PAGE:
Loon Splits Bad Boy, Wraps Sophomore Album
Loon has parted ways with Bad Boy and formed his own company, Boss Up Entertainment. The artist has also nearly completed his sophomore album and has signed several acts to Boss Up, which has begun neSongwriter/producer Loon has parted ways with Bad Boy and formed his own company, Boss Up Entertainment. The artist has also nearly finished work on his sophomore album, "The Renaissance," and has signed several acts to Boss Up, which has begun negotiating a distribution deal.
Loon spent four years on Bad Boy, appearing on a host of albums and co-writing the biggest hit in the P. Diddy-run label's history, "I Need a Girl Part II." The track spent four weeks at No. 1 on the Billboard Hot 100. His lone studio album for the label, a self-titled set released late last year, debuted at No. 2 on Billboard's Top R&B/Hip-Hop Albums chart.
"My relationship with [Diddy] from beginning to end was on the up and up," Loon told Billboard.com when he was in Las Vegas last week for the Billboard Music Awards. "I did everything I had to do to help him refurbish the label and bring it back to its present state."
"[But] I've never been able to establish my own identity or other dimensions of myself," he continued. "The smooth stuff is a dimension of myself, but there's so much more that comes with me. I endured the burden of Puff's criminal case [and Bad Boy rapper] Shyne [going to jail] and J. Lo beating us up on the radio. It took a couple of years to get all that out of the way. I was at a fork in the road. I could continue to be in the shadow, or I could take the initiative and be my own man. That's the choice I made."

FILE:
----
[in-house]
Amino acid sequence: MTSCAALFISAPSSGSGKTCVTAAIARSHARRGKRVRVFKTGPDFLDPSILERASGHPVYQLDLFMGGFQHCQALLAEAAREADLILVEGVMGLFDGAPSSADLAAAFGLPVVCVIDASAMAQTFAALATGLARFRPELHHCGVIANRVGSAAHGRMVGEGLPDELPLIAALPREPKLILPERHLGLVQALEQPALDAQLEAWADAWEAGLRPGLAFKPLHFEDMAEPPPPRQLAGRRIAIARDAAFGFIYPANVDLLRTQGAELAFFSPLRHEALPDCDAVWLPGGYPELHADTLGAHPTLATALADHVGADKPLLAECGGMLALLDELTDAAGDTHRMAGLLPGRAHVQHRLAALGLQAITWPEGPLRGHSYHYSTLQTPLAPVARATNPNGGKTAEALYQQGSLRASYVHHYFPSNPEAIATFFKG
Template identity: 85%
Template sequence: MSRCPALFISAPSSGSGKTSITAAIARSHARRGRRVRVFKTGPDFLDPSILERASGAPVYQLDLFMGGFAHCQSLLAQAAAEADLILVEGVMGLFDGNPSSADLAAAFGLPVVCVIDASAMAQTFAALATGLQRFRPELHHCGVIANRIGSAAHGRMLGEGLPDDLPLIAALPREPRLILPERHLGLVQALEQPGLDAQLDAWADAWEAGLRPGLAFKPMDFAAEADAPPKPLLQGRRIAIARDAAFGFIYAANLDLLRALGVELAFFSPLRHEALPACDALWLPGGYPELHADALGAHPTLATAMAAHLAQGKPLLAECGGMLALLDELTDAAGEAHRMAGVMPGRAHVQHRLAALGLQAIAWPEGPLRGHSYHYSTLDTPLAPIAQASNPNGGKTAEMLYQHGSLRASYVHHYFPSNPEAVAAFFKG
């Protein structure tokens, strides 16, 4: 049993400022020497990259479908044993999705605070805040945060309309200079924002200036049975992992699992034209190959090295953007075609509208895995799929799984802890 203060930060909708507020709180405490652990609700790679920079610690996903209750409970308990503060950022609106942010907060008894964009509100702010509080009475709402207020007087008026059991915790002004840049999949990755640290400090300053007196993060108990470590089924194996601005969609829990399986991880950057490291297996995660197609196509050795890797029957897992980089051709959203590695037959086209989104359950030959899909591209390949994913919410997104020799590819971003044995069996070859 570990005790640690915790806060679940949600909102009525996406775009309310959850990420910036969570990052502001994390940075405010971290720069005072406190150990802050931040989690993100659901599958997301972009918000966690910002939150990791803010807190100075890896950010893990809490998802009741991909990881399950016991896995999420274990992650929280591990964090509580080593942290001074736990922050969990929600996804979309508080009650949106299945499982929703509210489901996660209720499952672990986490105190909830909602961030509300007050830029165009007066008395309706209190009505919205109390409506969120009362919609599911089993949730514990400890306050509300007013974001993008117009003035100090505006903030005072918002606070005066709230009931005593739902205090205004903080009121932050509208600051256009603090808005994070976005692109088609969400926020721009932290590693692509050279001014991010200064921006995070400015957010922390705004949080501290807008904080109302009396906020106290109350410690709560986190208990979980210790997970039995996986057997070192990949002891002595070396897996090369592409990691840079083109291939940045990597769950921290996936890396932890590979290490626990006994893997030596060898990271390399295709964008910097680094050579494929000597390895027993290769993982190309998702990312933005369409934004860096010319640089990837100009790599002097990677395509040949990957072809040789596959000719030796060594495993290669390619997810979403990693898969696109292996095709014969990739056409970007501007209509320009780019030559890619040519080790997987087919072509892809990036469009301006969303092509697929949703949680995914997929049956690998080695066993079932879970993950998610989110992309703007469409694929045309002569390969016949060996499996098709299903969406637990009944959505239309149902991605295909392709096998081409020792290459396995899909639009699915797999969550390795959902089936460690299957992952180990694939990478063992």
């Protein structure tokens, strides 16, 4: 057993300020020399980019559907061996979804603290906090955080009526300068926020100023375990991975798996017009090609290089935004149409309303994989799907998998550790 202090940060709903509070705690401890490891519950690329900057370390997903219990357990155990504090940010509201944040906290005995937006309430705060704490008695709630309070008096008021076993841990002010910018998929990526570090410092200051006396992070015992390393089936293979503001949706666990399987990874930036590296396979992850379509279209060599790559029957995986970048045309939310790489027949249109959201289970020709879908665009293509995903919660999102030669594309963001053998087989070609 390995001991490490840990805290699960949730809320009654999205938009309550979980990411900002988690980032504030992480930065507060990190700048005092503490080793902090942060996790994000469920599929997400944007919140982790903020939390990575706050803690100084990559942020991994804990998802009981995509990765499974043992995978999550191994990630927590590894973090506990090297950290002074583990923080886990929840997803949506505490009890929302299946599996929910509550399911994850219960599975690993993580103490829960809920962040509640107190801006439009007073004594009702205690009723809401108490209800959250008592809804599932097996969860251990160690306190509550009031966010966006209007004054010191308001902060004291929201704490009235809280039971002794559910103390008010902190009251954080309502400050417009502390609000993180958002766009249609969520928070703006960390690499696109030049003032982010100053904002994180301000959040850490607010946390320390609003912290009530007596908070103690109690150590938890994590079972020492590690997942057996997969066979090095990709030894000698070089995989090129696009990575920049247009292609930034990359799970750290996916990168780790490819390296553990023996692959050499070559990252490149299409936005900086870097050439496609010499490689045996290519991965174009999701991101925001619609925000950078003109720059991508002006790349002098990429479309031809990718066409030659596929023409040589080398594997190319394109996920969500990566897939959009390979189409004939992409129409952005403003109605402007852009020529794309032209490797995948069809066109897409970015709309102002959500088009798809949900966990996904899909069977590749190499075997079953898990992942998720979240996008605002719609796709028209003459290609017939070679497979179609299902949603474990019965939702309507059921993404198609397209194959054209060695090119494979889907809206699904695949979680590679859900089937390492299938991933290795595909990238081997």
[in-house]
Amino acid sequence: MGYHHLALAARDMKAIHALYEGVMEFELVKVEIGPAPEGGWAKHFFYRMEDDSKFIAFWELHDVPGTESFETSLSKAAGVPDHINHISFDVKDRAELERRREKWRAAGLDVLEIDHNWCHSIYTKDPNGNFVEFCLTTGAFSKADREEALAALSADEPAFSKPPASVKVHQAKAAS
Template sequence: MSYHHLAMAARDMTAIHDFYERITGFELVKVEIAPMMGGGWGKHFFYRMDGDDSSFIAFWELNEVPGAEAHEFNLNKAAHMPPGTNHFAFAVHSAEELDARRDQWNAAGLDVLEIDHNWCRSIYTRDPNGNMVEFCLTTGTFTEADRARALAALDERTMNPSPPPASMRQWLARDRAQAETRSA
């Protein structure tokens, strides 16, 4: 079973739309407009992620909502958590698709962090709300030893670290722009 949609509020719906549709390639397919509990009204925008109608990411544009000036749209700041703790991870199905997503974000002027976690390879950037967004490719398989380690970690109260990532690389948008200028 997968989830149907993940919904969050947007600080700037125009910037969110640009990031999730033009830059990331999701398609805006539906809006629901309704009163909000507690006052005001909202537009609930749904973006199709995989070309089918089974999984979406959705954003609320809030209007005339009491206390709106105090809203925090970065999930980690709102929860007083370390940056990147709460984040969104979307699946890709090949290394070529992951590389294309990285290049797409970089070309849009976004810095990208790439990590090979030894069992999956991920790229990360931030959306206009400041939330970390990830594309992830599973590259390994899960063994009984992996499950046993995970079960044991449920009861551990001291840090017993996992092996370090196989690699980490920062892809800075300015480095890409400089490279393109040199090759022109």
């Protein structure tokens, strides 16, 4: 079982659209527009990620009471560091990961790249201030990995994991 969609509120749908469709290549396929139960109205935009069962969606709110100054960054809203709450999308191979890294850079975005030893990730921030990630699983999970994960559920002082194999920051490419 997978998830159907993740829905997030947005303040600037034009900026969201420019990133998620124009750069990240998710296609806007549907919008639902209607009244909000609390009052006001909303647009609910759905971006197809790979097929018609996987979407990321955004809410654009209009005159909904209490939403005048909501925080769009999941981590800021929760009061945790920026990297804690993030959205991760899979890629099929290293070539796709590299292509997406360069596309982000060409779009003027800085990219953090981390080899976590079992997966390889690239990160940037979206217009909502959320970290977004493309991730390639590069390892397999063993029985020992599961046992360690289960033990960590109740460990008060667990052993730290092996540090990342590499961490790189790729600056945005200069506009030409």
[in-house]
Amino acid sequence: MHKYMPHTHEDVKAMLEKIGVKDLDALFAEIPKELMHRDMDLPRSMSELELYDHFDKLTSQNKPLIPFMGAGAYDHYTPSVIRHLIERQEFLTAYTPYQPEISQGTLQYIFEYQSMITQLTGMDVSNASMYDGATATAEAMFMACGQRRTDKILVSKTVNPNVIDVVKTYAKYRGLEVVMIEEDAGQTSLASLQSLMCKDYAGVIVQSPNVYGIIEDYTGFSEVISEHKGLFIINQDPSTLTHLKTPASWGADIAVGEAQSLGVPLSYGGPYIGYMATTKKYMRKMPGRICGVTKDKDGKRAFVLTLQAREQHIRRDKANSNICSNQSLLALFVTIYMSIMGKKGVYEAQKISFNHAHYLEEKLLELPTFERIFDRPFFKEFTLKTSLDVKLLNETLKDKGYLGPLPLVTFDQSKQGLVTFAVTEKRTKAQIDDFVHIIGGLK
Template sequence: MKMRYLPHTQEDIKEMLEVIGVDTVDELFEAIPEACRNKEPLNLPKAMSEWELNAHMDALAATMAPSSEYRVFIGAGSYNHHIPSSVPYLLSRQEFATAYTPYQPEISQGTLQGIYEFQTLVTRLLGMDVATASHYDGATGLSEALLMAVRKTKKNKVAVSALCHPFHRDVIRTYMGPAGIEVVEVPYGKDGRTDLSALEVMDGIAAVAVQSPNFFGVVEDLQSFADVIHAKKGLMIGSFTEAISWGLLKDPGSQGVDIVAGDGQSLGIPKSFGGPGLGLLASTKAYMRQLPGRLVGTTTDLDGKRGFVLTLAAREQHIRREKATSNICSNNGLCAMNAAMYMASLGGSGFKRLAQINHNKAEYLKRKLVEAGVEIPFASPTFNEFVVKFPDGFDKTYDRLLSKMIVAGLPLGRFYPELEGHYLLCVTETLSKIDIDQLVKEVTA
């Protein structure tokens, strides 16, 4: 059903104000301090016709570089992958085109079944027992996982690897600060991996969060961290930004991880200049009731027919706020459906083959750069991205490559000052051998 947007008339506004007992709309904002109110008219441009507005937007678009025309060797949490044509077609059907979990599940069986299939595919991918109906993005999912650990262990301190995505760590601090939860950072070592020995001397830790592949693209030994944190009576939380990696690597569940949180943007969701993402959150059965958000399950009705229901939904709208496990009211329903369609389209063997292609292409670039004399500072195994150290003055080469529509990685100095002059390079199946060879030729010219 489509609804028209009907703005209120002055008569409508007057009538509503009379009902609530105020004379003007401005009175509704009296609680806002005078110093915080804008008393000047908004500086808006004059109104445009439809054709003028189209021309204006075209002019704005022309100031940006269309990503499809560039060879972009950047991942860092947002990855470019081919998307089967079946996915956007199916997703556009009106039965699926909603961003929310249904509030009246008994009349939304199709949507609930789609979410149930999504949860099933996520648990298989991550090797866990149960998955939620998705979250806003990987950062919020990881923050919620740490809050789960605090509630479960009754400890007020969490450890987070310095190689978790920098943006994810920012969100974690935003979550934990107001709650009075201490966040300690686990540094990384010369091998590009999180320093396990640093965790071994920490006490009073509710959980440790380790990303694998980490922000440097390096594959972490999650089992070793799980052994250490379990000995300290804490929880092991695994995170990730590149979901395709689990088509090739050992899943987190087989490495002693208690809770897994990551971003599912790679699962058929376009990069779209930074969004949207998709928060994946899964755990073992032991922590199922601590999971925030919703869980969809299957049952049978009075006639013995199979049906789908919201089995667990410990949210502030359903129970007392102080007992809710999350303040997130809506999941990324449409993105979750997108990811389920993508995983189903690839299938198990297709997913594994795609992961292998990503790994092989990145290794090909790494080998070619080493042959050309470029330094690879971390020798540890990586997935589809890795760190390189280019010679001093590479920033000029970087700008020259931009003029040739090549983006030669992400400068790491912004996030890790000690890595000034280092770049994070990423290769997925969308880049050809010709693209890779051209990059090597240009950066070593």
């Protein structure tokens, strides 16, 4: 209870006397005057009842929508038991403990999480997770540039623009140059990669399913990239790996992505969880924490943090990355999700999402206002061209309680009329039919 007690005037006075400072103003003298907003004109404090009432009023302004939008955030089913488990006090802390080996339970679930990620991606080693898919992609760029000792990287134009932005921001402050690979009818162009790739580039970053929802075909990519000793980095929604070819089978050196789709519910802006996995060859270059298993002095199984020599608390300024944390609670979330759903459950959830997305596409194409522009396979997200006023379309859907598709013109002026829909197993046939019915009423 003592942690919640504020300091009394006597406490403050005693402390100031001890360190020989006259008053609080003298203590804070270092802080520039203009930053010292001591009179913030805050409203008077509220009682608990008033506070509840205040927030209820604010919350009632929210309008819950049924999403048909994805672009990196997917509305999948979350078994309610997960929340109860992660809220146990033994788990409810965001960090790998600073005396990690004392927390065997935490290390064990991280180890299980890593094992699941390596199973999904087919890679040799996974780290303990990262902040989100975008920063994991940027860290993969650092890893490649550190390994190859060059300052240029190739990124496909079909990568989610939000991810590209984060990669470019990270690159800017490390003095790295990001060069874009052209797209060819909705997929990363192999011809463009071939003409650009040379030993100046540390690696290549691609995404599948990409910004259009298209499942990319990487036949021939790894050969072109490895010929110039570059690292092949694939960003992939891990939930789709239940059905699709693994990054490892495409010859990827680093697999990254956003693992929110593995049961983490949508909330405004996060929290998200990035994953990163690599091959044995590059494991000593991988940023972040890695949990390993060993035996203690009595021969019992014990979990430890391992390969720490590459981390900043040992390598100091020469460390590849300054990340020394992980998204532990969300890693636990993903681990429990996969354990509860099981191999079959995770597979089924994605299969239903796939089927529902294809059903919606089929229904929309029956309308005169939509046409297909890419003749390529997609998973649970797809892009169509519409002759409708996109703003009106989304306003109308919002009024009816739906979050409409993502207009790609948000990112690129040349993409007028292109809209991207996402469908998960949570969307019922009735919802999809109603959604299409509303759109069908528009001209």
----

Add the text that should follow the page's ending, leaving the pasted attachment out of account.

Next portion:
As for "The Renaissance," Loon declined to reveal potential collaborators apart from Mase, with whom he recently completed a track. "It's definitely me getting more in tune with myself," he said of the album. "Me trying to put out multiple impressions of myself as opposed to just seeing Loon as a lover boy. Don't expect desperation to obtain street credibility, but I do have some street records that will show a different dimension."
"My first album, I had a lot of decent features," he continued. "But I don't want everybody to feel like I need a crutch right now. Loon is going to do a song, hook and all."
Loon has also signed his cousin, R&B/gospel singer Dante Hawkins, to Boss Up, as well as a Russian singer named Luba ("she's going to remind you of a black R&B singer; that strong, sultry sound," he said). "I'm trying to instill the same qualities as a boss in my artists," Loon said. "I give my cousin his own budget and he can give me an album. I don't need to hold his hand."
Loon says he's thrilled to strike out on his own in attempt to "create that balance as a CEO/artist. I'm not trying to save the East Coast. I'm a music lover. I want to build an Arista. I don't want the label name tattooed on my arm."
"I wrote pretty much every chart-topping record or verse that came out of Puff's mouth for the past four years," he concluded. "I think a lot of execs are looking at it like, 'This is the guy I can build a franchise around. He writes records.' I'm not the novelty rapper that just comes out to do a jingle every five years."